Ex-cop, ex-con Bruno Johnson and his wife Marie hide in plain sight from the law in an upscale L.A. hotel as Bruno heals from a run-in with a brutal outlaw motorcycle gang—and the loss of his son—a son he didn't know he had until it was too late.

Marie, now pregnant with her first child, fears Bruno may never fully recover. She knows that soon they must return to Costa Rica to rejoin their large family of rescued children—kids who owe their lives to Bruno and Marie's intervention.

But when Bruno's friend, FBI Deputy Director, Dan Chulack, pleads with Bruno to help rescue his kidnapped granddaughter, escape plans are put on hold. After exhausting all legitimate investigative avenues, Chulack seeks Bruno's brand of justice. With Marie's reluctant consent and her own special expertise, they plunge into the evil world of those who prey on children.

Meanwhile, Bruno's mother, a woman he has never known, appears asking for forgiveness—and Bruno's assistance—while bringing her own set of complications. Bruno finds his professional and his personal lives colliding in a pursuit that is excruciating and brutal.

The Sinister is perfect for fans of Michael Connelly and James Lee Burke

Bill James - Low Pastures (2022) - Net Galley review site

No. 36 in the long running Harpur and Iles series, a series I once harboured a fantasy of reading all the way through from the beginning. I've not quite discounted that notion yet, but I think I've read only a couple to date... You'd Better Believe It and Hitmen I Have Known

A well-dressed corpse found shot in the sand and gravel wharf sparks trouble for Detective Chief Superintendent Colin Harpur and his unpredictable boss, Assistant Chief Constable Iles.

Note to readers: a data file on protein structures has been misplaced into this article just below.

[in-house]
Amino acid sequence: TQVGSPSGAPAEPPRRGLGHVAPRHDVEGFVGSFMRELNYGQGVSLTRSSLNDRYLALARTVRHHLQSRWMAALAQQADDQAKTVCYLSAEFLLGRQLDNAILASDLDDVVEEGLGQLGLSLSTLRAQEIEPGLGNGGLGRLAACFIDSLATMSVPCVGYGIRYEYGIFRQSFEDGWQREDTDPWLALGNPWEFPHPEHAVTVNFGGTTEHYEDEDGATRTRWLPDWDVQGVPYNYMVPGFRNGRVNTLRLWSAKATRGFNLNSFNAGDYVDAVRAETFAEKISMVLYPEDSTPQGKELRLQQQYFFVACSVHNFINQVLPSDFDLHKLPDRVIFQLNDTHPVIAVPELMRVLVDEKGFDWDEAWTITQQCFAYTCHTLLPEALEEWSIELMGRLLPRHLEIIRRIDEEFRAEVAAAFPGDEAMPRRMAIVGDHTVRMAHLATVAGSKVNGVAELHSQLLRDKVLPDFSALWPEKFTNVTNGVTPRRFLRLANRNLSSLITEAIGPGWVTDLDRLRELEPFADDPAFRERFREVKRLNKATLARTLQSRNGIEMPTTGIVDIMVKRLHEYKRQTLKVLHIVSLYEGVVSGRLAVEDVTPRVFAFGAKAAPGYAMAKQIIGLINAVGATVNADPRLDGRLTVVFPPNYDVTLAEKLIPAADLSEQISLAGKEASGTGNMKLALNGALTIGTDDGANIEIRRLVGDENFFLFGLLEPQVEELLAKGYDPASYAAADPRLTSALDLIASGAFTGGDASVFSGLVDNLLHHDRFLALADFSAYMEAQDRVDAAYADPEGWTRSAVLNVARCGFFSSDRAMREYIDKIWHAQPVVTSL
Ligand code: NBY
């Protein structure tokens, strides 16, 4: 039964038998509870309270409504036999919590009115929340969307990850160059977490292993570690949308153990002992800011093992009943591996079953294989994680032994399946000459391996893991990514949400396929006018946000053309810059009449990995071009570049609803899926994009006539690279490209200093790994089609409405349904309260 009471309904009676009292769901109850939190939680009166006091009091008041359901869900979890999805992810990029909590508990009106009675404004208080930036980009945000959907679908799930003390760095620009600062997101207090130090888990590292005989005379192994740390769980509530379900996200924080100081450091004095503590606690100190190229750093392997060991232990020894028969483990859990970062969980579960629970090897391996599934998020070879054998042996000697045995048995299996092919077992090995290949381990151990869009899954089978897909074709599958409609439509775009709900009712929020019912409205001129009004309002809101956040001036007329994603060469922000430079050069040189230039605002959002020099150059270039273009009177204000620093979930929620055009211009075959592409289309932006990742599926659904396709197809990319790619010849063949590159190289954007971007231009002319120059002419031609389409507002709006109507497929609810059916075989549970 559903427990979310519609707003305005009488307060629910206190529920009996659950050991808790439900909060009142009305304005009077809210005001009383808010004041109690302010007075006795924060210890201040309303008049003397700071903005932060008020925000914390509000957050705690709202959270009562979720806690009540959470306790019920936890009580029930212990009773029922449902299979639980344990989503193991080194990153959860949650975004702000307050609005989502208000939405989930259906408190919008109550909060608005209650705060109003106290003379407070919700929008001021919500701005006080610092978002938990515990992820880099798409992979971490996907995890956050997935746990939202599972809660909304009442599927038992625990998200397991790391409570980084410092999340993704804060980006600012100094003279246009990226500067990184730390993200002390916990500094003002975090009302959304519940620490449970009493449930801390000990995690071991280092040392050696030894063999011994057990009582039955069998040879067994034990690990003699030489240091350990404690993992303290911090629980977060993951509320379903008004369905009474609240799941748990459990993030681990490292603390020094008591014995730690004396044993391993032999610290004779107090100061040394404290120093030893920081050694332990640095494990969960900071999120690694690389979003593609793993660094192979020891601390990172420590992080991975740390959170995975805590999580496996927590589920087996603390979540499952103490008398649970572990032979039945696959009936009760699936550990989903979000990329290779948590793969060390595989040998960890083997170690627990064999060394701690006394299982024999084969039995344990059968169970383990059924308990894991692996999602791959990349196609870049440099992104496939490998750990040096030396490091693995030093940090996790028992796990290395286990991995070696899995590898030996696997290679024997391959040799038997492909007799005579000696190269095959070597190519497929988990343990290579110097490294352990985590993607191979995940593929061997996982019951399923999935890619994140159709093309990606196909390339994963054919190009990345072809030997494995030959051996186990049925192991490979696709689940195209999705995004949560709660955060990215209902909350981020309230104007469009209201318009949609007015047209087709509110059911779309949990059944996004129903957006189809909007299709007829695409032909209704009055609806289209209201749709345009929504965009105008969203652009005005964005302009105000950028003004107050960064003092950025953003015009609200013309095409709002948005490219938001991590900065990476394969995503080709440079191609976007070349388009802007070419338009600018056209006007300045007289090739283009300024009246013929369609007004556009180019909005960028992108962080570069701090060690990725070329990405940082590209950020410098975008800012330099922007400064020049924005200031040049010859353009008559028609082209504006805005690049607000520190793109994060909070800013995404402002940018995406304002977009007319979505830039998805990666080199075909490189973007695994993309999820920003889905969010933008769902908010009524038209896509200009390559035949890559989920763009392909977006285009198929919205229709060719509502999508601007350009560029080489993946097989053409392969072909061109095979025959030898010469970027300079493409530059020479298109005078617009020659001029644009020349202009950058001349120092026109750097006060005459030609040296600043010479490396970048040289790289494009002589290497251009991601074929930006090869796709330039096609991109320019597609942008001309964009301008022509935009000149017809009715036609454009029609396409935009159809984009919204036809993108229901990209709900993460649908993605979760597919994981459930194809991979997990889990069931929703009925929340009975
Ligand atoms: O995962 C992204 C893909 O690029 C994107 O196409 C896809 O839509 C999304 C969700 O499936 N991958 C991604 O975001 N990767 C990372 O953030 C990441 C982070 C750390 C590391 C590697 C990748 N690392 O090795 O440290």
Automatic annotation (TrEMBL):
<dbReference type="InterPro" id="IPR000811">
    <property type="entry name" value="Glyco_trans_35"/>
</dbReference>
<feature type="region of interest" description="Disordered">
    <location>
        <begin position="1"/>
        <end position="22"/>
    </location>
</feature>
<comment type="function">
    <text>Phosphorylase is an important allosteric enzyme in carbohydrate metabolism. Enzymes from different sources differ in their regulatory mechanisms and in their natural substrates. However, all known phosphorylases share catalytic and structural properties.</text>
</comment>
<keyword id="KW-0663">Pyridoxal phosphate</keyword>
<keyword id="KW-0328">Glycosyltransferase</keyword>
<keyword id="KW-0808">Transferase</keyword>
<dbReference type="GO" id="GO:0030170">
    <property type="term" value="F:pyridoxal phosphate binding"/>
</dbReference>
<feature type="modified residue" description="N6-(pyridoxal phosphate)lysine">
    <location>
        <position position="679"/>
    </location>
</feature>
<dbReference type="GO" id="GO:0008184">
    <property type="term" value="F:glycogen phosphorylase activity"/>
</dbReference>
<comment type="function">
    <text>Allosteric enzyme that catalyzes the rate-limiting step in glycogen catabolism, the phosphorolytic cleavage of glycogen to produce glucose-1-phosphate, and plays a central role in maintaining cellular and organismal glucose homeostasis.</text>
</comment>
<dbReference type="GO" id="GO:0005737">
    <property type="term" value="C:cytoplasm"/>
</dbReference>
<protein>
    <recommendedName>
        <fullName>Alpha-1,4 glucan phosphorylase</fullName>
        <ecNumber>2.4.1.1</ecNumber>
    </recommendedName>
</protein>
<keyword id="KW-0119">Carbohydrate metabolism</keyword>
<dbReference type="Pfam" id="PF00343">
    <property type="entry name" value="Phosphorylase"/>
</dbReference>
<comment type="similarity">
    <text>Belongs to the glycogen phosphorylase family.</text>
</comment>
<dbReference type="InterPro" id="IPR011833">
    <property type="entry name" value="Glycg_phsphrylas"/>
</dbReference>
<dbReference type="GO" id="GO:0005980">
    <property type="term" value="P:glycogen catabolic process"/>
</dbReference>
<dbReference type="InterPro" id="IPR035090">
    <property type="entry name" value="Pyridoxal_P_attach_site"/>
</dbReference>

The man is found dead in the local dockyard, shot from behind. Colin Harpur, examining the impeccably dressed corpse on his hands and knees, predicts the execution spells imminent trouble - and not just the unexpected arrival of his spiteful, brilliant boss, ACC Iles, at the two a.m. slaughter scene.

Iles' progressive attitude towards the local drugs trade has kept gang warfare off the streets, but now it seems jealous outsiders may be coveting the safe, ordered community he has so brilliantly created. Coveting too, the local property - for instance, drug lord Ralph Ember's luxurious mansion, Low Pastures, home to his unparalleled collection of china and porcelain.

Harpur and Iles are determined to protect their set-up at all costs - which includes protecting 'Panicking' Ralph. But Ralph has his own plans, and there are dark rumours about Iles on the wind . . .

Blackly humorous, delightfully eccentric and packed with sharp-tongued wit, this gritty British police procedural is a must-read for fans of Bill James' critically-acclaimed long-running Harpur and Iles series.

Simon Marlowe - The Dead Hand of Dominique (2021) - review copy from author

Essex villains, family feuds, a missing wife and mistress... what's not to like?

Steven Mason, a young career villain, needs to find his boss's girlfriend Dominique. Straightaway, he knows things are not going to be easy when he finds a dead hand in Mickey Finn's old fridge.

So begins a series of encounters: St Mary with a limp wrist; Dominique's husband Texas - a semi-retired gigolo; his vicious brother Greg; rent boys; a psychiatrist and a corrupt detective.

As Steven realises he's uncovering a bitter dispute between two gangs, so division and betrayal make him hunter and hunted. He will need to decide whom he can trust, torn between his loyalties and his attraction to his friend's girlfriend ... not to mention what the outcome will be with a caged parrot.


  1. Dirt Town looks fabulous, Col. I do like the setting, and it sounds like a very atmospheric sort of story to go with it. The Marlowe has caught my eye, too... I hope you'll enjoy all of them.

    1. Margot, Dirt Town does doesn't it? The Marlowe has been enjoyed already! 9Thoughts to follow one of these days!)